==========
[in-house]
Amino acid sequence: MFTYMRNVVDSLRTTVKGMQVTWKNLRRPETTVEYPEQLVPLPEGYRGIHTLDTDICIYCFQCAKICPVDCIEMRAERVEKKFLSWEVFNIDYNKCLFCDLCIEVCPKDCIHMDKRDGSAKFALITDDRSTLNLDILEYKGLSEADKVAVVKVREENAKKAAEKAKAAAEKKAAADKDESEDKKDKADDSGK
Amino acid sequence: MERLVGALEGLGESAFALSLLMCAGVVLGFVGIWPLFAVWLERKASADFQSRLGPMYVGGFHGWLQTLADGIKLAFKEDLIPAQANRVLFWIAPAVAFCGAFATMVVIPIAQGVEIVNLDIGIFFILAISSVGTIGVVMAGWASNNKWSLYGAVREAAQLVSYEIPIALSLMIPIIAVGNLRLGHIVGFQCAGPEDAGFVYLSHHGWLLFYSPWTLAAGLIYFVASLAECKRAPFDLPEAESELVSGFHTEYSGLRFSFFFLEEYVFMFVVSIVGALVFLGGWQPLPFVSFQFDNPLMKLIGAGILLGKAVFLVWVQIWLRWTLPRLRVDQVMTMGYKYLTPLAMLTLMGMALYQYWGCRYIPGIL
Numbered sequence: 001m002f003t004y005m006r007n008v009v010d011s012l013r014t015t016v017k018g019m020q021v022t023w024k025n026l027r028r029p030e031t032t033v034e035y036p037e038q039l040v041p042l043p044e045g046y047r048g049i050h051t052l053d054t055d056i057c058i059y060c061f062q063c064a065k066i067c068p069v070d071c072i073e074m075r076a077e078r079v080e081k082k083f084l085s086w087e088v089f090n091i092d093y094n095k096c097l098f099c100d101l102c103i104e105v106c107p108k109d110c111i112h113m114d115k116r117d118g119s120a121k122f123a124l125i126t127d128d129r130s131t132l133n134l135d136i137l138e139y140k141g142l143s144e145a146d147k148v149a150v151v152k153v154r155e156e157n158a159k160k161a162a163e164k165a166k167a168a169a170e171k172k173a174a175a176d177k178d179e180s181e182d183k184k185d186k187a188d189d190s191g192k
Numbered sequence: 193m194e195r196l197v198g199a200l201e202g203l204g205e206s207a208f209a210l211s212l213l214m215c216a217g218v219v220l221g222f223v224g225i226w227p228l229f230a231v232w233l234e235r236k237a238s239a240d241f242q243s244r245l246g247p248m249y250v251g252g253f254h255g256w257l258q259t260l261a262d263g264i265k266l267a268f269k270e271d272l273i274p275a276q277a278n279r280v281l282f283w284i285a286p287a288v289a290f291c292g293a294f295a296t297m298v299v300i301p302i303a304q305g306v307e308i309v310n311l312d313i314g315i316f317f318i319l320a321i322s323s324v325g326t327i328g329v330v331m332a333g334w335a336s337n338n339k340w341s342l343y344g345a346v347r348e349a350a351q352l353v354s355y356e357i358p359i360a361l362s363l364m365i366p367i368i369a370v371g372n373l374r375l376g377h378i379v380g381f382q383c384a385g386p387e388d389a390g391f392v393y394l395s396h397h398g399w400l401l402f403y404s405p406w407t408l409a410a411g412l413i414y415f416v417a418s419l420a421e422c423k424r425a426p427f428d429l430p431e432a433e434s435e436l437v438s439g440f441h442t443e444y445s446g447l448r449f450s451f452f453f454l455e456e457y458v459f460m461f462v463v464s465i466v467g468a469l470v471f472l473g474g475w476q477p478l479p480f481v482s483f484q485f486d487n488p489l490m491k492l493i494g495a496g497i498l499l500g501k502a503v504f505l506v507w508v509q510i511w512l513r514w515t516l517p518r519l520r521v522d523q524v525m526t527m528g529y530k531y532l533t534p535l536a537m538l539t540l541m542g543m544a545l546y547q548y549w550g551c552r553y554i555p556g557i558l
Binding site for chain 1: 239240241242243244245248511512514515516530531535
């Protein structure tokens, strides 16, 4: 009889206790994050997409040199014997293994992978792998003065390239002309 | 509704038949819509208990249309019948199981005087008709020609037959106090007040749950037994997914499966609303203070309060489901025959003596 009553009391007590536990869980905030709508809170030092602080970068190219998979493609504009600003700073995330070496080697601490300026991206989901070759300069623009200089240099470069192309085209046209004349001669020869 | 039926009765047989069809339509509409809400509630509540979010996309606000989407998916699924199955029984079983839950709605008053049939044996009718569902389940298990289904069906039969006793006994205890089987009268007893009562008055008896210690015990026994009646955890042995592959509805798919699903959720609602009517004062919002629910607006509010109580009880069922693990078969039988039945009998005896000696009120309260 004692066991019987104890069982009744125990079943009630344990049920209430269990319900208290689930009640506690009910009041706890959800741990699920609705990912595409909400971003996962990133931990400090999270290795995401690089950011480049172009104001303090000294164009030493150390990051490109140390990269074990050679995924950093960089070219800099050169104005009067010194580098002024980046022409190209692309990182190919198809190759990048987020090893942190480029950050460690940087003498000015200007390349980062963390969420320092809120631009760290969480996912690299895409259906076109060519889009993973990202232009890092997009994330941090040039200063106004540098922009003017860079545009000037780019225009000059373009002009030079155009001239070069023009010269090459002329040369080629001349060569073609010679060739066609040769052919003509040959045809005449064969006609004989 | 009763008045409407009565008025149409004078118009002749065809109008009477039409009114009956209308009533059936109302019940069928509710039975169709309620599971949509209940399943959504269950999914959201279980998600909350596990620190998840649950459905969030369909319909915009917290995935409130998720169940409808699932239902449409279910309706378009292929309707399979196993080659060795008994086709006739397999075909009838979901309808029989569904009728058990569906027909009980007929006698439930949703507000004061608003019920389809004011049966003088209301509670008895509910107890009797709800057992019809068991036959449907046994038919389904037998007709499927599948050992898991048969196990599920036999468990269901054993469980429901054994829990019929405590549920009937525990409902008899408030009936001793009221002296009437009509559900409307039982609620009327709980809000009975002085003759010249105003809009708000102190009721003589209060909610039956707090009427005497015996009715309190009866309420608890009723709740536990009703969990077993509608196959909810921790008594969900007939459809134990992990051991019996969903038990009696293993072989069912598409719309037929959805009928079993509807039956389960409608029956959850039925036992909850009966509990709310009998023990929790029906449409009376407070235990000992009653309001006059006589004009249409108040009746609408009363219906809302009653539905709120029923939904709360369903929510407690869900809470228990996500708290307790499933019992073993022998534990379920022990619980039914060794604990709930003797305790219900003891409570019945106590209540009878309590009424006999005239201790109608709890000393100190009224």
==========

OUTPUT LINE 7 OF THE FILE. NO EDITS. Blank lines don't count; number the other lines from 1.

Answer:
């Protein structure tokens, strides 16, 4: 009889206790994050997409040199014997293994992978792998003065390239002309 | 509704038949819509208990249309019948199981005087008709020609037959106090007040749950037994997914499966609303203070309060489901025959003596 009553009391007590536990869980905030709508809170030092602080970068190219998979493609504009600003700073995330070496080697601490300026991206989901070759300069623009200089240099470069192309085209046209004349001669020869 | 039926009765047989069809339509509409809400509630509540979010996309606000989407998916699924199955029984079983839950709605008053049939044996009718569902389940298990289904069906039969006793006994205890089987009268007893009562008055008896210690015990026994009646955890042995592959509805798919699903959720609602009517004062919002629910607006509010109580009880069922693990078969039988039945009998005896000696009120309260 004692066991019987104890069982009744125990079943009630344990049920209430269990319900208290689930009640506690009910009041706890959800741990699920609705990912595409909400971003996962990133931990400090999270290795995401690089950011480049172009104001303090000294164009030493150390990051490109140390990269074990050679995924950093960089070219800099050169104005009067010194580098002024980046022409190209692309990182190919198809190759990048987020090893942190480029950050460690940087003498000015200007390349980062963390969420320092809120631009760290969480996912690299895409259906076109060519889009993973990202232009890092997009994330941090040039200063106004540098922009003017860079545009000037780019225009000059373009002009030079155009001239070069023009010269090459002329040369080629001349060569073609010679060739066609040769052919003509040959045809005449064969006609004989 | 009763008045409407009565008025149409004078118009002749065809109008009477039409009114009956209308009533059936109302019940069928509710039975169709309620599971949509209940399943959504269950999914959201279980998600909350596990620190998840649950459905969030369909319909915009917290995935409130998720169940409808699932239902449409279910309706378009292929309707399979196993080659060795008994086709006739397999075909009838979901309808029989569904009728058990569906027909009980007929006698439930949703507000004061608003019920389809004011049966003088209301509670008895509910107890009797709800057992019809068991036959449907046994038919389904037998007709499927599948050992898991048969196990599920036999468990269901054993469980429901054994829990019929405590549920009937525990409902008899408030009936001793009221002296009437009509559900409307039982609620009327709980809000009975002085003759010249105003809009708000102190009721003589209060909610039956707090009427005497015996009715309190009866309420608890009723709740536990009703969990077993509608196959909810921790008594969900007939459809134990992990051991019996969903038990009696293993072989069912598409719309037929959805009928079993509807039956389960409608029956959850039925036992909850009966509990709310009998023990929790029906449409009376407070235990000992009653309001006059006589004009249409108040009746609408009363219906809302009653539905709120029923939904709360369903929510407690869900809470228990996500708290307790499933019992073993022998534990379920022990619980039914060794604990709930003797305790219900003891409570019945106590209540009878309590009424006999005239201790109608709890000393100190009224």